Review Afghan policy


ON the heels of an otherwise firm assurance by the Taliban Government that there would be no repetition of border clashes, there is another incident of intense firing by the Afghan security forces in Chaman area on Thursday leading to the killing of one person and injuries to twelve others.

Previously, cross-border shelling and gunfire killed eight Pakistani civilians and one Afghan soldier on Sunday near the same crossing, which connects Balochistan with the southern Afghan province of Kandahar.

That the firing was deliberate is evident from the fact that the Afghan forces attacked Pakistani personnel who were engaged in the repair of the border fence damaged during the previous clash.

According to Defence Minister Khawaja Muhammad Asif the Afghan side apologized after the Sunday incident but recurrence of the clashes confirms the widely-held belief that it was all with purpose.

The designs of the Afghan side are quite obvious – it wants to sabotage the border fencing mechanism to allow for a free for all smuggling and cross border movement.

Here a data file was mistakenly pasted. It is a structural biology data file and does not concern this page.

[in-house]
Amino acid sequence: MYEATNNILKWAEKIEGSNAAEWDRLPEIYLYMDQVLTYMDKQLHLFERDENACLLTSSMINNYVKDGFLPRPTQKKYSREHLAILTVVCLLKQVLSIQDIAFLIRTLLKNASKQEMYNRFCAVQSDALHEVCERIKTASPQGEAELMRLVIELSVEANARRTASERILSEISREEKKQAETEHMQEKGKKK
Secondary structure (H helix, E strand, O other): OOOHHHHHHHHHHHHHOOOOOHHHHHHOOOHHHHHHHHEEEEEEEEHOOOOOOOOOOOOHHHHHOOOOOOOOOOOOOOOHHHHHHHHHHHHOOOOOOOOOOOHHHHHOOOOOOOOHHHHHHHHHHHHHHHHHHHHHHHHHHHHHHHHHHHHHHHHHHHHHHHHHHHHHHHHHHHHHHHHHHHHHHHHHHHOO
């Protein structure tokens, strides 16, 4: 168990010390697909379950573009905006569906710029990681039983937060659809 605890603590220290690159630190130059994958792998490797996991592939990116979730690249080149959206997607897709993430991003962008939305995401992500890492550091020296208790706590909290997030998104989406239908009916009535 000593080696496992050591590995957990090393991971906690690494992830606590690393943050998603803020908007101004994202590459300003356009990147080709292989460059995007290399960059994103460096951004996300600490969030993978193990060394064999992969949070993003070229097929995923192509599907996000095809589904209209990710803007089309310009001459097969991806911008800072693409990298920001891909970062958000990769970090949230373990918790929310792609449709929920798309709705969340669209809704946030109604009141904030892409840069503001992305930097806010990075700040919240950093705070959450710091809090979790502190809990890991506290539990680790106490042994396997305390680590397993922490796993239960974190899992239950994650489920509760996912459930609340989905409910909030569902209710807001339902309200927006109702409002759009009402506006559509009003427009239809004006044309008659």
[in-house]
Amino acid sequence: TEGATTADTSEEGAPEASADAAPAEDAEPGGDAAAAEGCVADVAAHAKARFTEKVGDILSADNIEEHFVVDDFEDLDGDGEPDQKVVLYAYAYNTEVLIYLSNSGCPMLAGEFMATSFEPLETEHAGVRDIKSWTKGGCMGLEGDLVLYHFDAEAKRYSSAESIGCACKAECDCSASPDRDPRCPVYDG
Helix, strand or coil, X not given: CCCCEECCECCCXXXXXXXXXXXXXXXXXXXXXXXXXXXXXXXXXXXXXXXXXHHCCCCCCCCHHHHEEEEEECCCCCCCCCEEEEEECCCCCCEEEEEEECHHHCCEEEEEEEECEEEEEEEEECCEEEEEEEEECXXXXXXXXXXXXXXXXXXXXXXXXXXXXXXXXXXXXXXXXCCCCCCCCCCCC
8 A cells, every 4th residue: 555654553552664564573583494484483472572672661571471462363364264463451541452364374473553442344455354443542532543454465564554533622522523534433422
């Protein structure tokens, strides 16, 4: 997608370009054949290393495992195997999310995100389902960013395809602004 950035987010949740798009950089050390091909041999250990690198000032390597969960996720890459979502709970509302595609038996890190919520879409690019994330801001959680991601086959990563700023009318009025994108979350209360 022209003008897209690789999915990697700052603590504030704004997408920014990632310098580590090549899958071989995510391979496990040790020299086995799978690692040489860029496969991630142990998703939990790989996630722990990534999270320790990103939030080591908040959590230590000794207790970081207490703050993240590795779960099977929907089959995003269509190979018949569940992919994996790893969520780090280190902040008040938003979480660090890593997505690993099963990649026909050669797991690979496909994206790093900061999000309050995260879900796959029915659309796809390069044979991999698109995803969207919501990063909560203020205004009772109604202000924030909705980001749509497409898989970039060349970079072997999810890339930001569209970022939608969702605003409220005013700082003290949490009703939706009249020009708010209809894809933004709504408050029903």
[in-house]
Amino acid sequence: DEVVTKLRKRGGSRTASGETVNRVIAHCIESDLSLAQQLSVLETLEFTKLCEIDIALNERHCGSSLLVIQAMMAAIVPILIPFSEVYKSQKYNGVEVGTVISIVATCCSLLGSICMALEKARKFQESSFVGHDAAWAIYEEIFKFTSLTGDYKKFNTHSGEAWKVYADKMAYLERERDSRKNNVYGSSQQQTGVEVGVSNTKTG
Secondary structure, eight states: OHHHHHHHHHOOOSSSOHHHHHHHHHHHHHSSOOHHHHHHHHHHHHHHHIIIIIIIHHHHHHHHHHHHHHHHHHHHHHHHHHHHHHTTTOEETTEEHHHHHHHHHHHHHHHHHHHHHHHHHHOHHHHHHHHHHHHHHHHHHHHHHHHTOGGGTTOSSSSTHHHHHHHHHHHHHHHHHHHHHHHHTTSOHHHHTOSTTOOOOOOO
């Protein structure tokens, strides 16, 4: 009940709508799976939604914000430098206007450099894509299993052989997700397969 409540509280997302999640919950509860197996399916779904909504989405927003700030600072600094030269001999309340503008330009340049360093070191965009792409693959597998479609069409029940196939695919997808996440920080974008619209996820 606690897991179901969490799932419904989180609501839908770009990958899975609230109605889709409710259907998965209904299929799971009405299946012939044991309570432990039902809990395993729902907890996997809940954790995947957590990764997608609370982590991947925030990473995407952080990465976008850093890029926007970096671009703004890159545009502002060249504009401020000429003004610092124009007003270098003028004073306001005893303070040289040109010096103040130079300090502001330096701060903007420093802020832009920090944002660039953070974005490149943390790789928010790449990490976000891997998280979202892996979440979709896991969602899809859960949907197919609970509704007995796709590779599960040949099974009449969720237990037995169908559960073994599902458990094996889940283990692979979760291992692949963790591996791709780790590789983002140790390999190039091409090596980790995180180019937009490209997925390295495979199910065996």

Chaman-Spin Boldak is the second busiest crossing between the two countries and a key trade route through which large quantities of critical goods move in and out of landlocked Afghanistan and Kabul authorities obviously want no restriction on movement of goods.

It is strange that for years the rulers in Kabul have been accusing Pakistan of facilitating cross-border movement and now that the country is about to complete the fencing project at a huge cost, the Afghan side wants to undermine it through different tactics.

It is time the Afghan side should be conveyed a strong and unequivocal message that conspiracies against a project designed to curb illegal movement would not be tolerated.

The Inter-Services Public Relations (ISPR) has rightly called the incident as ‘uncalled-for aggression’ and that Pakistani troops gave a “befitting” but “measured response” and avoided targeting the civilians on the other side.

However, there should be a limit to restraint and a firm response both on ground as well as through diplomatic channels is warranted when cooperative gestures of the country are responded in this manner.

A high level delegation comprising civilian and military officials should be dispatched to Kabul to take up these and other related issues.